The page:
The Houston Astros are headed back to the World Series for the third time in five years as the club defeated the Boston Red Sox 5-0 Friday night to finish out the American League Championship Series four games to two.
How They Got Here
The Astros have been Major League Baseball’s most hated villain since the scandal broke after the 2019 World Series. Since then, the team has embraced the role. Coming into the 2021 postseason, the Astros had just one thing on their mind, winning.
When the Astros lost game seven of last season’s ALCS to the Tampa Bay Rays, the club knew what they had to do in the offseason to get better. Knowing that fans would be back in the stands in 2021, the Astros players knew that they would not have it easy on the road. Still, with their leader Carlos Correa guiding them, they were able to embrace the noise. With that acceptance, the Astros were able to win the American League West with relative ease, securing their spot in the postseason for the fifth straight season.
Up first to face the Astros were the Chicago White Sox. A young team with postseason aspirations, the White Sox made a critical mistake after game three of the American League Division Series. White Sox reliever Ryan Tepera commented that something might be going on after the Astros won the first two games convincingly; all he did was “Poke the bear.” The Astros would go on to win game four and the series.
With the ALDS secured, the Astros were set to face the Boston Red Sox in a rematch of the 2018 ALCS. The Astros were determined not to lose again. With two teams that knew how to score runs, this was set up to be a high-scoring matchup. What we did not realize is how critical starting pitching would be for the Astros.
The Astros were already down a starting pitcher with Lance McCullers Jr out for the foreseeable future with arm soreness. How Dusty Baker managed his bullpen and his rotation would be essential to give Houston any chance of winning this series. With each of the Astros starters barely lasting two or more innings through the first three games of the series, the bullpen was almost certainly going to be taxed. And with the Red Sox taking a two to one lead in the series, the momentum shifted towards the Red Sox entering game four.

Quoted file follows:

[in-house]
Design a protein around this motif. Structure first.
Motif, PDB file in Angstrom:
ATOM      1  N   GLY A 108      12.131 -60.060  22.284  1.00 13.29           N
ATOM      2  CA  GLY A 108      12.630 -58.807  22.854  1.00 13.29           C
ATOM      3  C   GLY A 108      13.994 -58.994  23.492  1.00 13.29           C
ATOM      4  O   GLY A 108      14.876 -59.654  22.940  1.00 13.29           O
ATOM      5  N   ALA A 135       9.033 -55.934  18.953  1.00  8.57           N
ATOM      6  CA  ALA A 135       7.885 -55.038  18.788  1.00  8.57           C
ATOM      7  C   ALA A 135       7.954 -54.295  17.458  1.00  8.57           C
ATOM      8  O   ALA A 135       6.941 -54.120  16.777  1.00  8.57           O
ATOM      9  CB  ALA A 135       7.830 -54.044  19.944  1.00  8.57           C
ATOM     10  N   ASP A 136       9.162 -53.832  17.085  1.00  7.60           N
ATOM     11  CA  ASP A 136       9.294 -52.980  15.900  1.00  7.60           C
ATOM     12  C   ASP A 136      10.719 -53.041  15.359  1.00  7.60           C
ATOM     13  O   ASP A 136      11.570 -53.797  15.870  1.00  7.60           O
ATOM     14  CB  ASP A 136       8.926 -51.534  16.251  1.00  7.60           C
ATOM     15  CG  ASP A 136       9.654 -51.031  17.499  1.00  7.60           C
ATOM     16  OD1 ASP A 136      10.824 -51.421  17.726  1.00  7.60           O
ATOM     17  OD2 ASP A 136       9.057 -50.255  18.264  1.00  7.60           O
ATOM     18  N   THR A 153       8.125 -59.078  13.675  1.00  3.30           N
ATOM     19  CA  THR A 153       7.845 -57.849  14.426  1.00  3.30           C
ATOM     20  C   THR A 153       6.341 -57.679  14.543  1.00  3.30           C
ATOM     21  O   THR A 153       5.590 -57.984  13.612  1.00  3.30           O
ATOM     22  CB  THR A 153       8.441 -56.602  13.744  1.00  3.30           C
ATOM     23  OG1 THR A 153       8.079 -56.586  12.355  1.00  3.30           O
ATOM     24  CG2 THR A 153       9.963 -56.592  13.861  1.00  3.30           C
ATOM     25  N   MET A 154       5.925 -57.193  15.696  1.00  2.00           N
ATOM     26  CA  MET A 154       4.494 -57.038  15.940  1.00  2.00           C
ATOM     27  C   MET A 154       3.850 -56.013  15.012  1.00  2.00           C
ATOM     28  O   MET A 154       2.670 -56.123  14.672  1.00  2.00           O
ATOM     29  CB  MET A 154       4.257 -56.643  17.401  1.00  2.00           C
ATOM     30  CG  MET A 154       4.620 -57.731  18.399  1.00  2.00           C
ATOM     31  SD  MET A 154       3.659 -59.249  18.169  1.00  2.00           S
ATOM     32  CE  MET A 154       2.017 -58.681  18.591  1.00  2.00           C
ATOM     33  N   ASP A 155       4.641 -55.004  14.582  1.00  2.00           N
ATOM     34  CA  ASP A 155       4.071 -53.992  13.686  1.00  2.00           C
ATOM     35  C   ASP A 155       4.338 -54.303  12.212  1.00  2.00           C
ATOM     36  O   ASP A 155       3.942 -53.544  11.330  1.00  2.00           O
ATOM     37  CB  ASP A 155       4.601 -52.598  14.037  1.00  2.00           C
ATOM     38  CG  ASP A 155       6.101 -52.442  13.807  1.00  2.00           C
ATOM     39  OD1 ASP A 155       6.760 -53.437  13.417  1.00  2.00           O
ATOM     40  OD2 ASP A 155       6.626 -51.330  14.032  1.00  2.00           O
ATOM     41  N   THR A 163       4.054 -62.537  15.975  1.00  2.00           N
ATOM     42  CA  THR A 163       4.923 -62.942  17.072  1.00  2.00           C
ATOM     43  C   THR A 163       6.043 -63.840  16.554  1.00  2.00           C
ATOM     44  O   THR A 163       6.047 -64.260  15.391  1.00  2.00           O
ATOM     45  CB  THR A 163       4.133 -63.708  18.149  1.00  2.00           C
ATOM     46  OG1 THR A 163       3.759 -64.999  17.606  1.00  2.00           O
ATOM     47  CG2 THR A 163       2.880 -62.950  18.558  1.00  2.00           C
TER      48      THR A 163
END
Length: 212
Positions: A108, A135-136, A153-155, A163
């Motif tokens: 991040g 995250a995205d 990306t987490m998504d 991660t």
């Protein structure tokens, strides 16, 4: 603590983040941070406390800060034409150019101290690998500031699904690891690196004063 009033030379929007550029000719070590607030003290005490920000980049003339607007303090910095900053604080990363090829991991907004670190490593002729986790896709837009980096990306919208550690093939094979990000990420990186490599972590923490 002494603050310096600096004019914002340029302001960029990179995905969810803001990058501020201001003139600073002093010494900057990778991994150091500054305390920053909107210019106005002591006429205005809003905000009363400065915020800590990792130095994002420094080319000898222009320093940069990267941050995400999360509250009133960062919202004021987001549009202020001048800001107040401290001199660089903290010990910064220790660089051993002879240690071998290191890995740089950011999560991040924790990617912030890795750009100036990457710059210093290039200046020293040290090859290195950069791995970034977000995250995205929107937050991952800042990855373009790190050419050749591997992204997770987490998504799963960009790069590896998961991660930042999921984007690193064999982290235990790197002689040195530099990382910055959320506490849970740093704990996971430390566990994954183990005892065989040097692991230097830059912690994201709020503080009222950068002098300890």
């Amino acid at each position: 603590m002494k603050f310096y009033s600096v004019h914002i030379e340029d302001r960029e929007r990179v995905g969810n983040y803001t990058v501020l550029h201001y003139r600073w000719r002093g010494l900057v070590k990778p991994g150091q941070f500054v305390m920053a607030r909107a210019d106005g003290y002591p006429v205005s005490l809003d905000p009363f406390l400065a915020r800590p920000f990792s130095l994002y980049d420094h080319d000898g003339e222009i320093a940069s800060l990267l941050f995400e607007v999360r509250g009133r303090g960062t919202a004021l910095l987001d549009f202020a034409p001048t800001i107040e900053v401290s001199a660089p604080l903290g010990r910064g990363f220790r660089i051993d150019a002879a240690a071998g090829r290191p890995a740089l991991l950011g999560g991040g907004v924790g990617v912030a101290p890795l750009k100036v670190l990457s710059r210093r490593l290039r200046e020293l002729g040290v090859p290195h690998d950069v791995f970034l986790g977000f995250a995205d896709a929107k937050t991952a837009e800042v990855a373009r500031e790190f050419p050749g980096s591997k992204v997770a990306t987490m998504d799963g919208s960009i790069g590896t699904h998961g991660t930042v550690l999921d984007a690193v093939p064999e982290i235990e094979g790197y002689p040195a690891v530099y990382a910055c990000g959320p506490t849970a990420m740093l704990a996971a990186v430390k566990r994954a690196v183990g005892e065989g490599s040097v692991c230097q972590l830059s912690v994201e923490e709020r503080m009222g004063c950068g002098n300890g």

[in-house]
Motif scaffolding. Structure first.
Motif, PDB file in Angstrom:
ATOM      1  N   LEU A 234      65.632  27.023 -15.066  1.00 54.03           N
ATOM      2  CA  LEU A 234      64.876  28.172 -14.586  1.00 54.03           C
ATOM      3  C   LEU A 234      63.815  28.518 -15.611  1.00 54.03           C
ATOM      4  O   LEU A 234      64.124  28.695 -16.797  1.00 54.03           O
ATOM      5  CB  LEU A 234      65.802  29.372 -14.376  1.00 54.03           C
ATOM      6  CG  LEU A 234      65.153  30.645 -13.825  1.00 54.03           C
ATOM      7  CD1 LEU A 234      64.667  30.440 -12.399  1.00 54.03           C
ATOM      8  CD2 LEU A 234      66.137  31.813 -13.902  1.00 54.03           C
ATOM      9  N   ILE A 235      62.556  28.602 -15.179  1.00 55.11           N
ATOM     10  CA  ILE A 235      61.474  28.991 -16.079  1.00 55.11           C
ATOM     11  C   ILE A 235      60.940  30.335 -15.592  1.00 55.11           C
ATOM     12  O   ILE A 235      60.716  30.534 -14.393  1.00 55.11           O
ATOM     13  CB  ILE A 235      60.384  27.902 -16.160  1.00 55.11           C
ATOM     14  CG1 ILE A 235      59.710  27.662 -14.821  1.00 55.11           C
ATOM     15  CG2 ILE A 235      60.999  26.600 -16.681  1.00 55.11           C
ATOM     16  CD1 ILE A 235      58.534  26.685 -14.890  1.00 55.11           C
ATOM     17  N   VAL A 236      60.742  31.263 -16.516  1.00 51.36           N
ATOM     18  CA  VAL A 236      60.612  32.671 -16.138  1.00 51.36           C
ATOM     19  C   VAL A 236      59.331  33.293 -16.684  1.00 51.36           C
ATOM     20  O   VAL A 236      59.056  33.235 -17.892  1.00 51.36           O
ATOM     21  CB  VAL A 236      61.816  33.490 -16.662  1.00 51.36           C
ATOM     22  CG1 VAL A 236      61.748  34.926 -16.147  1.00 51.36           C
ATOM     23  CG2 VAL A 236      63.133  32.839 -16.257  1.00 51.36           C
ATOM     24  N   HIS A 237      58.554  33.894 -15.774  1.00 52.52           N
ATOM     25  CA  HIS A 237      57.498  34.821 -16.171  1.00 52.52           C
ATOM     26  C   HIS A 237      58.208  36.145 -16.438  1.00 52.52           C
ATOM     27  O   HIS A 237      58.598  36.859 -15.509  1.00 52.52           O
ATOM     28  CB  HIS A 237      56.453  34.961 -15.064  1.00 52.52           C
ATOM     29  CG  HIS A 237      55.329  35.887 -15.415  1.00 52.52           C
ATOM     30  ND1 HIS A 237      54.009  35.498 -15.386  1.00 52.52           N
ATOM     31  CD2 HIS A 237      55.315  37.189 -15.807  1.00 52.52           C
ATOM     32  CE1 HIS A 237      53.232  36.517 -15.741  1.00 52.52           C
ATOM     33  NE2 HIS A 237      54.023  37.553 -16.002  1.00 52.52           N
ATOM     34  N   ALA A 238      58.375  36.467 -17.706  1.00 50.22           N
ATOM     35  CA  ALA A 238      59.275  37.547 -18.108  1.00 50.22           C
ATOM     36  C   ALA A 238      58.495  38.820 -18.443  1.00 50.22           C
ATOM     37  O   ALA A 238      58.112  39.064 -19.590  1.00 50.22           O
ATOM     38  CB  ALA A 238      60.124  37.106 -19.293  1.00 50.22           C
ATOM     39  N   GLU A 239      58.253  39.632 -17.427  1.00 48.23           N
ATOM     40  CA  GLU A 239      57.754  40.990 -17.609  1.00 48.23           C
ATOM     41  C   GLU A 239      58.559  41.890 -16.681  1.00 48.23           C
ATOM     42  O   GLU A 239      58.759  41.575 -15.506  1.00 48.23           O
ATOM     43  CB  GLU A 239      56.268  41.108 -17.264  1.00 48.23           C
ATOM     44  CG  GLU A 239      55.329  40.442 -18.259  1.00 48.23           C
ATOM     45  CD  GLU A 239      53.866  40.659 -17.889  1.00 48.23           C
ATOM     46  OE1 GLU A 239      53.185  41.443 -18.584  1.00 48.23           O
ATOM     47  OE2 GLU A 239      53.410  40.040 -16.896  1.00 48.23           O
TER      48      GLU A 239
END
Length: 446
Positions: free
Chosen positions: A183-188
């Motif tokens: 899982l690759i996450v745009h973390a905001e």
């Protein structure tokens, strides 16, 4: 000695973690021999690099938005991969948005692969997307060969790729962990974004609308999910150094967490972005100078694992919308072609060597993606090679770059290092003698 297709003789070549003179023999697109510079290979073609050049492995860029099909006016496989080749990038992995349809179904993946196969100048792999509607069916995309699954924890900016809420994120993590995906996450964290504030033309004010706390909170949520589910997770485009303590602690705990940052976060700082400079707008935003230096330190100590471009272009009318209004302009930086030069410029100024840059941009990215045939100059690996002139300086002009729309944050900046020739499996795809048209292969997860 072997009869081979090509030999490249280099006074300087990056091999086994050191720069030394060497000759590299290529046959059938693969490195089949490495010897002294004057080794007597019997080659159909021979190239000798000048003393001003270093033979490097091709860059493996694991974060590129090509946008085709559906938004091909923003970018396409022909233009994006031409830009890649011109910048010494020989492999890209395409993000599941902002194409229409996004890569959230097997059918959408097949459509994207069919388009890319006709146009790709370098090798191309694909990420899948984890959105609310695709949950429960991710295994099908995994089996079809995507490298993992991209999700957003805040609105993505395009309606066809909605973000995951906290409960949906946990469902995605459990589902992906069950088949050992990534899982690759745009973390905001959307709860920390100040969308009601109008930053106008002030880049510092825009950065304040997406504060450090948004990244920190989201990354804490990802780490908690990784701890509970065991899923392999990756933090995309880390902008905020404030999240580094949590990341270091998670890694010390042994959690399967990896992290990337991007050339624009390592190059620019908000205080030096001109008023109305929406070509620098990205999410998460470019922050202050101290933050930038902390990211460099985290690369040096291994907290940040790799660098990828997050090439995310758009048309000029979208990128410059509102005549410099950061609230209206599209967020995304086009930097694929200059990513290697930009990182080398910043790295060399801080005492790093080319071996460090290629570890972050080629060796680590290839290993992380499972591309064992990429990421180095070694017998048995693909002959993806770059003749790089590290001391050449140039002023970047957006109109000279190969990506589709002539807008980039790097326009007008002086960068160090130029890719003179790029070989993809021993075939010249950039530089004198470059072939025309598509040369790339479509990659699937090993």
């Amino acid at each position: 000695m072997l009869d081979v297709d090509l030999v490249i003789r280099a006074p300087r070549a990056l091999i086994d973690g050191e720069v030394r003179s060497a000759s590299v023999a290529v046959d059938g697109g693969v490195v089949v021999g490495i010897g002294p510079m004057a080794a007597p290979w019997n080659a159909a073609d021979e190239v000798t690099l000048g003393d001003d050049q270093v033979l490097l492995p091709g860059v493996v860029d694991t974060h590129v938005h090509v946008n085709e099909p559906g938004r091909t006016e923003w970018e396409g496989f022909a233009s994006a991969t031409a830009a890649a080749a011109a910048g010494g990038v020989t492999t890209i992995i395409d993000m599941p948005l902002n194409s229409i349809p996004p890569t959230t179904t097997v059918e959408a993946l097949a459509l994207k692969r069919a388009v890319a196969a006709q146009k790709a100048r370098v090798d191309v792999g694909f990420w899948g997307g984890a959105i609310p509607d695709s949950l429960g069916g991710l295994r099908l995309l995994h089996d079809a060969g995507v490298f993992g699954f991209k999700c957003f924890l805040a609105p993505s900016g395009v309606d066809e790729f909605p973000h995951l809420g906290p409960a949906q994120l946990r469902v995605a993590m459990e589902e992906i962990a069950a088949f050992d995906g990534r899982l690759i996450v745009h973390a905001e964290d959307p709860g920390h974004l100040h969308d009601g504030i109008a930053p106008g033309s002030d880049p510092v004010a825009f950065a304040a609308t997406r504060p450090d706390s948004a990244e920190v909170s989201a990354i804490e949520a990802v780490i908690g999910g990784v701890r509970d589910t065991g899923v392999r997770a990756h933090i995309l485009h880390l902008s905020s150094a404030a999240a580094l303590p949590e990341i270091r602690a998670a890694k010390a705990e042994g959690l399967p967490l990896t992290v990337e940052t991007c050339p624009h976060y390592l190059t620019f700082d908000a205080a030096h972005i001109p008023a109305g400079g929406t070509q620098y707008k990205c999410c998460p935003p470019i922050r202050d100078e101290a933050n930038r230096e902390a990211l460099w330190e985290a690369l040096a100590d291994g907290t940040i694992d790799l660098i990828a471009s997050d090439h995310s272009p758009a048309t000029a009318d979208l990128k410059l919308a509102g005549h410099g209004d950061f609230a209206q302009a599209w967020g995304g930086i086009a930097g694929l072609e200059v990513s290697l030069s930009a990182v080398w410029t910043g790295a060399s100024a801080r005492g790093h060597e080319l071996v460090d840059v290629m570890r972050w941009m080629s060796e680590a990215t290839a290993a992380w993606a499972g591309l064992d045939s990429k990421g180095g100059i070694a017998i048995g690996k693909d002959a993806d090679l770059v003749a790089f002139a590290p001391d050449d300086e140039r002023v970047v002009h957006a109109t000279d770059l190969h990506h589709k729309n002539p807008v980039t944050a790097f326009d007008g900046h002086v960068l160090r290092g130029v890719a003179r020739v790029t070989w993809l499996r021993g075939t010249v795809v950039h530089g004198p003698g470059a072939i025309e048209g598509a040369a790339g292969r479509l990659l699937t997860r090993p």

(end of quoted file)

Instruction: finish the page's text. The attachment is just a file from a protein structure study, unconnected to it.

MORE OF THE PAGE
Game four is when the series shifted for the Astros in their favor. With starter Zack Greinke unable to make it out of the second inning, Baker turned to Cristian Javier to give him some quality innings, and Javier delivered. Managing to throw three scoreless innings, Javier was able to keep the Red Sox at bay, which allowed the Astros offense to find its rhythm. With some late inning heroics from Jason Castro, the Astros were to tie the series at 2-2, and any momentum the Red Sox had was gone.
After a disappointing outing from game one and two starters Framber Valdez and Luis Garcia, the rotation reset with Valdez and Garcia going in games five and six. Both starting pitchers took no-hitters into the middle innings, which kept the Astros in the ball games. Valdez would go deep into game five, pitching into the eighth inning, which gave the bullpen a much-needed rest. In-game six, Garcia was back on track and was dialed in in-game six after leaving game two in the second inning with an apparent knee injury. Going 5.2 scoreless innings with seven strikeouts. Whatever adjustments were made, they worked because both starters pitched gems that would help the Astros secure their third World Series appearance in five years.
The Astros may not be the team that fans want in the World Series, but whether they like it or not, the Astros are one of the best teams in baseball. They are a veteran group of guys that have been in the position before. They know how to win and seem to turn it on at the right time, just like we saw against the Red Sox. Made no mistake, whether they play the Los Angeles Dodgers or the Atlanta Braves, it will be a fun series to watch.
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